In the recent PIM Quarterly News Release, we proposed that the equity market had overreacted to inflation concerns. We suggested that bond yields would fall and that as a result, value equity outperformance would give way to growth. During the month of April, the yield on the ten-year US Treasury bond moved from 1.78% to 1.62% largely due to Japanese investor demand. Large domestic growth equities outperformed value by 68% (6.8% v. 3.9%).
Market based inflation expectations for the next few years have indeed moderated modestly over the past month, even as the pace of the US economy has reached full sprint. The US manufacturing sector, as measured by PMI, hit its 2nd highest ever reading in April. The service sector PMI hit an all-time high in the same month. Another economic activity data provider, the ISM composite, registered its highest reading since 1983.
The US economy is likely to maintain a rapid pace of growth for the remainder of the year, though it will likely peak this quarter. As equity investors it is important to note that the market is generally more concerned with the rate of change in economic data than the current level of economic activity. While we expect the economy to maintain near record growth for several more months, the rate of change is beginning to moderate, suggesting that the second quarter will be the peak of economic activity for the recovery.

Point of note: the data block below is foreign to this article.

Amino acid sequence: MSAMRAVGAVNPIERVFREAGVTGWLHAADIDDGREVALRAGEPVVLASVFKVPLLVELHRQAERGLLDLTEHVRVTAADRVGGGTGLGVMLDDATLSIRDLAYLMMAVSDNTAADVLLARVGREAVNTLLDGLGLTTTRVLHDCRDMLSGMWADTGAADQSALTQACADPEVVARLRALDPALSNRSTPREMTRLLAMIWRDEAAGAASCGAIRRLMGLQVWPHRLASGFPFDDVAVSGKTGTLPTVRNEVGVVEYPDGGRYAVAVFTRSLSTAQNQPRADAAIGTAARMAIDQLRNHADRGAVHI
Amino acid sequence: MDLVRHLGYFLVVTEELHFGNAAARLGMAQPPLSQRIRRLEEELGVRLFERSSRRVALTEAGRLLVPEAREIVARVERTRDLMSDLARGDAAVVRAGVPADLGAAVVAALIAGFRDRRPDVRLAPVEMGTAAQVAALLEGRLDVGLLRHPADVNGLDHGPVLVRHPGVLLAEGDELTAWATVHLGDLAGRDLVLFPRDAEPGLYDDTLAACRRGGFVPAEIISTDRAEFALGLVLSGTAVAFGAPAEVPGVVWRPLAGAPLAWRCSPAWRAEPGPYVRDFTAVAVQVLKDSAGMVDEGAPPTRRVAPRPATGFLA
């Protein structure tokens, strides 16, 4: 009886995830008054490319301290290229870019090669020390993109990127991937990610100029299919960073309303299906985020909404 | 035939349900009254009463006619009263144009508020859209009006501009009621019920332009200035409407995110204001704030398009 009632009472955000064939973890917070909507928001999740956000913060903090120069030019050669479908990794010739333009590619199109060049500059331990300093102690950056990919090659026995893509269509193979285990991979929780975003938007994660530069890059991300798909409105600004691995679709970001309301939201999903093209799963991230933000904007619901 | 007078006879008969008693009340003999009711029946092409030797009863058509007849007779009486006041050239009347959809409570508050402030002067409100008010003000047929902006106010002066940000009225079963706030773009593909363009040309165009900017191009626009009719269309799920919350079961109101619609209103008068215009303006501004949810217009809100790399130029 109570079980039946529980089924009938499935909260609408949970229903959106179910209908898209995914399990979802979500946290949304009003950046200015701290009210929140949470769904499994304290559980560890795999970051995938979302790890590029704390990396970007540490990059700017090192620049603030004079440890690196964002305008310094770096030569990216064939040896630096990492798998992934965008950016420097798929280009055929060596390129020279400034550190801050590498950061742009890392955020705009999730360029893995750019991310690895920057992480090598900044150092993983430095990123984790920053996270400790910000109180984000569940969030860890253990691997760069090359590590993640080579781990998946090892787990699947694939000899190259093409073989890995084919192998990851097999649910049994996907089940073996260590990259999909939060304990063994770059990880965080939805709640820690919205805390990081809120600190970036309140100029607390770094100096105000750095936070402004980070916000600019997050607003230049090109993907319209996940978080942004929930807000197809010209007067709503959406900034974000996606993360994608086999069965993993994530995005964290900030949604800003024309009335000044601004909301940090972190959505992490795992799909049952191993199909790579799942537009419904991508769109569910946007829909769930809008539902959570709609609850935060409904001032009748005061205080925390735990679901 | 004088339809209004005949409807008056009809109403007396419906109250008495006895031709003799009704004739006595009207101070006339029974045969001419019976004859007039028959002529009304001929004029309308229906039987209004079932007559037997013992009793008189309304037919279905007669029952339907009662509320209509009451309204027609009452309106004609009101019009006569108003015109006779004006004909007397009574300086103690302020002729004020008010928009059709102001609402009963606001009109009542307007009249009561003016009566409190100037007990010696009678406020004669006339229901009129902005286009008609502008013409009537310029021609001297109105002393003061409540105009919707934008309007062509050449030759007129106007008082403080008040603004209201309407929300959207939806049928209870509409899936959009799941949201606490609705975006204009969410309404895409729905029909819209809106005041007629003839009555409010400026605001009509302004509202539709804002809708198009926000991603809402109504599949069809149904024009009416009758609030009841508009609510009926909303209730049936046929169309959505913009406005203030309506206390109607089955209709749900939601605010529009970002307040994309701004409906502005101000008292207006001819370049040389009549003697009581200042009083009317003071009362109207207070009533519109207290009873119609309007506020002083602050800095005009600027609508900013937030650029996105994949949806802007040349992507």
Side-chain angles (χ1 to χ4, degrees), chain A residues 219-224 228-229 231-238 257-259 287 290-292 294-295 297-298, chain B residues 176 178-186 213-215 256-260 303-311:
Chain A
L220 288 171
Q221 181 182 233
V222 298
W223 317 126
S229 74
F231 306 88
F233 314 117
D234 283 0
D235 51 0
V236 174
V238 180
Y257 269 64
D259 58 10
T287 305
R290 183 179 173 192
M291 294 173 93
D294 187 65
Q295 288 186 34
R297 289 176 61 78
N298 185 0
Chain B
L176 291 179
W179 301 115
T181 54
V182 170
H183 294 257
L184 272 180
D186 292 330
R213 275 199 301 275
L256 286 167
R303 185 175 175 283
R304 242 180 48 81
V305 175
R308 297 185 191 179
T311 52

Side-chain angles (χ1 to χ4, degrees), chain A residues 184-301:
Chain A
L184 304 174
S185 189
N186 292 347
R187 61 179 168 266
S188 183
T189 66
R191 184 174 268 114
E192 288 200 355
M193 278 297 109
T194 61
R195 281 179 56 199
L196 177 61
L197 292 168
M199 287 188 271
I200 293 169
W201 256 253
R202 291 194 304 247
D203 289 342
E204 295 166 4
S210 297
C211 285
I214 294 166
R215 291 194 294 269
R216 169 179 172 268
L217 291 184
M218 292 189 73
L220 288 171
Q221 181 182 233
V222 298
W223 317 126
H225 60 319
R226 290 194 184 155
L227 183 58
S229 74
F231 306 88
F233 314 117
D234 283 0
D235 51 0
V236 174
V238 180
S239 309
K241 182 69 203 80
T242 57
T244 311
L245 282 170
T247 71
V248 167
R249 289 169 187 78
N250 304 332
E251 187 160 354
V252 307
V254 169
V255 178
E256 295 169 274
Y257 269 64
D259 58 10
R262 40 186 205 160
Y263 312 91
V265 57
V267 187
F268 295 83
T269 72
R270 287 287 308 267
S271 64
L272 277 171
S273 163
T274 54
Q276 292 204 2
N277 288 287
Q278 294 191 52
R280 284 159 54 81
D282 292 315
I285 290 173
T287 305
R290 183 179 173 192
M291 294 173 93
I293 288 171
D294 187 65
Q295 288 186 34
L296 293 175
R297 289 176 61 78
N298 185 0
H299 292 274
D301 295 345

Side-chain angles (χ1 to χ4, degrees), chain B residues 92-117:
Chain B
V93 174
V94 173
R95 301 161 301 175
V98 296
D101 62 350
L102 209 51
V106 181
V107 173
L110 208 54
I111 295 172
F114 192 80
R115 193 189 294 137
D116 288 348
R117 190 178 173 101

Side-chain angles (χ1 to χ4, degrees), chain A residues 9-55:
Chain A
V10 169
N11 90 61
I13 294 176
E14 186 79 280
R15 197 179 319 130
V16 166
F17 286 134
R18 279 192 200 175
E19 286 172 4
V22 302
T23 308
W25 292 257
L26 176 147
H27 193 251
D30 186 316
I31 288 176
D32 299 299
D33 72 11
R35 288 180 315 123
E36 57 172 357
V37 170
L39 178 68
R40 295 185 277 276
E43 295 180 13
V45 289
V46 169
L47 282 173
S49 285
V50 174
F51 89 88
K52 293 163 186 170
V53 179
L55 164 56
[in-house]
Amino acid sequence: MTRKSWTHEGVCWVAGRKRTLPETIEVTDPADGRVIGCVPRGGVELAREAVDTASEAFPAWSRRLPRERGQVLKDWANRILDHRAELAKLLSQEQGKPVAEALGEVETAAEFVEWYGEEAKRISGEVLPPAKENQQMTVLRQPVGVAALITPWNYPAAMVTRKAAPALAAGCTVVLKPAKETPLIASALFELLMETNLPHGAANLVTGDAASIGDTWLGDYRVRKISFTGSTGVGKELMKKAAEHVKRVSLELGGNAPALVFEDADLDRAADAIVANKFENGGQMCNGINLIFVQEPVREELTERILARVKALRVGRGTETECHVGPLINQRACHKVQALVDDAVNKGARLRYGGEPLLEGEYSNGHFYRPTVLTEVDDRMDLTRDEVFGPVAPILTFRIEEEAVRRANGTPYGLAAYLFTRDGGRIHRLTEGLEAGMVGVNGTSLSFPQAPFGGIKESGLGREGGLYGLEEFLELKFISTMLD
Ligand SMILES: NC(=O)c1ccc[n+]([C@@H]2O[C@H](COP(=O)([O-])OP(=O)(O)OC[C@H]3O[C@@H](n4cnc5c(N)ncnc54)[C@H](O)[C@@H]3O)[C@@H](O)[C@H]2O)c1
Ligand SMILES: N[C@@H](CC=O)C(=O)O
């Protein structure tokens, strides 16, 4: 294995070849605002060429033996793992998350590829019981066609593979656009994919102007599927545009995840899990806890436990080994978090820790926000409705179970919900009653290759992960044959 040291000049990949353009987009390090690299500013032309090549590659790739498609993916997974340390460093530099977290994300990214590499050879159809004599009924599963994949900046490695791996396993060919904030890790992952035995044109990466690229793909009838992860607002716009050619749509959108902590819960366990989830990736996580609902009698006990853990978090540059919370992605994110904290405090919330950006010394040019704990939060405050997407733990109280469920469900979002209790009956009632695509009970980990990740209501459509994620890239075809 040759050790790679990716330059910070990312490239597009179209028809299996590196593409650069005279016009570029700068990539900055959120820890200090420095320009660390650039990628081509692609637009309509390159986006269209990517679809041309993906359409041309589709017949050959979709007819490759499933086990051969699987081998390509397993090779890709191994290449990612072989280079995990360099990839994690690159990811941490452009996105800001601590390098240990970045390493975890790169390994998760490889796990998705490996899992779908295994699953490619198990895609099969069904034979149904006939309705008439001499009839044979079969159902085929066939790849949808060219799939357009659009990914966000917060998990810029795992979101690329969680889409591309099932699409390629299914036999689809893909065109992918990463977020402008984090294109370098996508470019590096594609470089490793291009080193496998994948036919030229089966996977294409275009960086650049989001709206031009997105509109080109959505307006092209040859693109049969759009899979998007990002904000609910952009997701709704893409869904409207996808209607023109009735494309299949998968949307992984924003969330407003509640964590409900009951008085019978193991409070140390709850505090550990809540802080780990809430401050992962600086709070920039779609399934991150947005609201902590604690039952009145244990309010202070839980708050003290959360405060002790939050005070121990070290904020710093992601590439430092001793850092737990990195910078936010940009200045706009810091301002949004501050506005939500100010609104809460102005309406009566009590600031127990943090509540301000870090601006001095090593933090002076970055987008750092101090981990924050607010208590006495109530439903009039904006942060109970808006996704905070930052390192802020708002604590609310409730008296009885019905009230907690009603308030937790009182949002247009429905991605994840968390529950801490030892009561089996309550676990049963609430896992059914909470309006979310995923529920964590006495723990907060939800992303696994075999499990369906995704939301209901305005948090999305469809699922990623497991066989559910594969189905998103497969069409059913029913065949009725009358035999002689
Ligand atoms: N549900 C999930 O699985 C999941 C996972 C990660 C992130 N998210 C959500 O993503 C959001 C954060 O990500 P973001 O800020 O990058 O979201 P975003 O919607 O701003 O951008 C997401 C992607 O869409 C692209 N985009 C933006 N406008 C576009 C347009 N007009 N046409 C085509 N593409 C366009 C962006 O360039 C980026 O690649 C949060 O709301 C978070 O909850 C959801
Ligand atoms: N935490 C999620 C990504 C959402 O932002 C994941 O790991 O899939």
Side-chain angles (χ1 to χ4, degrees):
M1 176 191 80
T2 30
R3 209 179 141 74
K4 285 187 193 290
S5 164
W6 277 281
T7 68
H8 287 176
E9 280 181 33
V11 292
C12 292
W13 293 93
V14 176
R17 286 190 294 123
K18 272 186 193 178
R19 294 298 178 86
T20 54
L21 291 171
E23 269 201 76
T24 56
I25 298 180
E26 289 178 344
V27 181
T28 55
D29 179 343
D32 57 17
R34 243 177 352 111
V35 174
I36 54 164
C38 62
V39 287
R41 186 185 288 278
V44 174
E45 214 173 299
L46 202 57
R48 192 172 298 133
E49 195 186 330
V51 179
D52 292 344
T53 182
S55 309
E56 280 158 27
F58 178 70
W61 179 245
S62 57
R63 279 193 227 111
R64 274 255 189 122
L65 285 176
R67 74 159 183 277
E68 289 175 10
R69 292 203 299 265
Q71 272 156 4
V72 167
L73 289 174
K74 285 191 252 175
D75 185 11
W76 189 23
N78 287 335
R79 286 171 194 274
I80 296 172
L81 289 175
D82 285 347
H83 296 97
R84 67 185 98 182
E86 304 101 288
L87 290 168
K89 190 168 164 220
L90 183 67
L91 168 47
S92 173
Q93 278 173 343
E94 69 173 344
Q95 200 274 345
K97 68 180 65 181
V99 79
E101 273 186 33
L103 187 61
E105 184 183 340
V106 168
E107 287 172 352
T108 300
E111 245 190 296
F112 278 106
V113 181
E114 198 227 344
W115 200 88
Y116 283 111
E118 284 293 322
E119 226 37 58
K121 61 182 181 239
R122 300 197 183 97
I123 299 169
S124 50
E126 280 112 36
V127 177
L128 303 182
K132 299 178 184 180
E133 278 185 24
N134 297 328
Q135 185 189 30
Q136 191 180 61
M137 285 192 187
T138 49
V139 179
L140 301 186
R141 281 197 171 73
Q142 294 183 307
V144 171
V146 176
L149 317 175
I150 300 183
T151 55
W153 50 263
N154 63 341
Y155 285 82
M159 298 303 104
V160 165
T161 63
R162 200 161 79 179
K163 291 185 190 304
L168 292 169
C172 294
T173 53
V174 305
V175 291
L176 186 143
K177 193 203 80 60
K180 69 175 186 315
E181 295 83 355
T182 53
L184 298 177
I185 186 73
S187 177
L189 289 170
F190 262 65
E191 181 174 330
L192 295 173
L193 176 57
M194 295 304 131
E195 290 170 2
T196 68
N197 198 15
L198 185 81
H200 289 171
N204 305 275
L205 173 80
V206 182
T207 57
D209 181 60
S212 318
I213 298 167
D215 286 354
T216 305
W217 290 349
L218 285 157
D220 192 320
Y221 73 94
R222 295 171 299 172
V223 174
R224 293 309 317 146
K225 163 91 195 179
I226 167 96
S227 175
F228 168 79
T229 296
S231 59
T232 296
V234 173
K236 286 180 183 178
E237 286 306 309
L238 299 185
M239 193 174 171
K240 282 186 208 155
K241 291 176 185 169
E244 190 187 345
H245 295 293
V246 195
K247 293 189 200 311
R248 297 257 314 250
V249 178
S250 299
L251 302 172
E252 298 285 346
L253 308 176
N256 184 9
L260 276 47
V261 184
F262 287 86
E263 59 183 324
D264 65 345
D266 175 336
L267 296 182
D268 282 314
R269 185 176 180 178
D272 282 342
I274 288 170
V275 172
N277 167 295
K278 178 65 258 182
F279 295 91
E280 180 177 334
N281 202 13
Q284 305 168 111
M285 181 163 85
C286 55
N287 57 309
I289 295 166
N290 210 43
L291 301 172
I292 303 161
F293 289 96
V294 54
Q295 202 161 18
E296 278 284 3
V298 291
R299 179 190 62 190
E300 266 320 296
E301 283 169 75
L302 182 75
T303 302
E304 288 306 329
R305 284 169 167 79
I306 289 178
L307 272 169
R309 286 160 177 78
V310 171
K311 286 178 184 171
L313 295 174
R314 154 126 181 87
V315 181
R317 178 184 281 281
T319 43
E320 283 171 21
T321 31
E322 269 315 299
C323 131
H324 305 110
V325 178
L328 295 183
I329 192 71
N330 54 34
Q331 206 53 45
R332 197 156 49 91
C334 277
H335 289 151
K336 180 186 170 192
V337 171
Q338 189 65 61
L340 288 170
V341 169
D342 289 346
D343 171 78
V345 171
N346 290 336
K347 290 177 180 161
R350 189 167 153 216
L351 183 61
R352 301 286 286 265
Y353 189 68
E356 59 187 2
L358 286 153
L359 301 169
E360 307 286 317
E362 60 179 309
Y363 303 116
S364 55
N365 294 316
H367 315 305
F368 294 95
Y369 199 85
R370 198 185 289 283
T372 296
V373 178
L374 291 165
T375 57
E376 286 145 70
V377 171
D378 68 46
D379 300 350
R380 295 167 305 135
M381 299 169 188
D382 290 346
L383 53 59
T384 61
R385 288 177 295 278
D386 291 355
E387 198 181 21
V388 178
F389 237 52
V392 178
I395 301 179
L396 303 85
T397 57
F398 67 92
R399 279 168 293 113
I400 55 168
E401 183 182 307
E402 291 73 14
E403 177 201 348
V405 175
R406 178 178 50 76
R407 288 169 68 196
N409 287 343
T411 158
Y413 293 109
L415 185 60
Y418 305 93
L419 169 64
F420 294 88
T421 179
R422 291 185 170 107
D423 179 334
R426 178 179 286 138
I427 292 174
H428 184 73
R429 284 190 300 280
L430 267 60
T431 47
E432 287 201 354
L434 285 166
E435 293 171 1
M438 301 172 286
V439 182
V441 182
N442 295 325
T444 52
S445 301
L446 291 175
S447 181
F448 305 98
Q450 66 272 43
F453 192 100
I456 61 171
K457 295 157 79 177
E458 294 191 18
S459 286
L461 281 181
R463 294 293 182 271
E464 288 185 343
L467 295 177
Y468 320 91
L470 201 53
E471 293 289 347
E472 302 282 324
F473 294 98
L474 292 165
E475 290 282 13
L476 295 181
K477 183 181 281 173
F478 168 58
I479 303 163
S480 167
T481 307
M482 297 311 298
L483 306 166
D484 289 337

Using data back to 1973, US equity market returns in the twelve months following peak activity are, on average, 1%. Simply put, US equity market prices already reflect expected growth through 2021. This is consistent with our observation from the beginning of the year that 4,100 on the S&P 500 would be a rich valuation and put a speed limit on further gains. Before we are likely to see the next major move higher, equity prices must wait for corporate earnings to catch up. As of the end of April, the S&P is trading at 4,181.17.
Nature of the Recession and Recovery
COVID-19 produced the most unusual recession in history, comprised of both the fastest 30% equity market decline ever and the quickest equity market recovery in a century. The coming months/years will likely be characterized by more typical market behavior. What follows is our assessment of the global capital markets moving forward.
A typical recession is characterized by reduced household spending on large purchases in response to uncertainty about employment, wages, and the state of the economy. The COVID-19 recession was different. The following data points illustrate that consumers, who drive 70% of the economy, did the exact opposite of what happens in a normal recession. Remember, US GDP declined by 3.5% (largest drop since WWII) and the employment rate fell by 5.7% last year.
2020 annual average percent change:
- Real personal income: +4.9% (adjusted for government transfers and inflation)
- Household savings rate: +75% (year over year change)
- Real durable goods spending: +6.3% (i.e. washing machines, refrigerators, electronics, automobiles)
- Equity returns: +18.25% (S&P 500 2020 Total Return)
- Home prices: +9.4%
- New home sales: +20.1%
- Residential construction: +11.5%
- Home renovation expenditure: +18.0%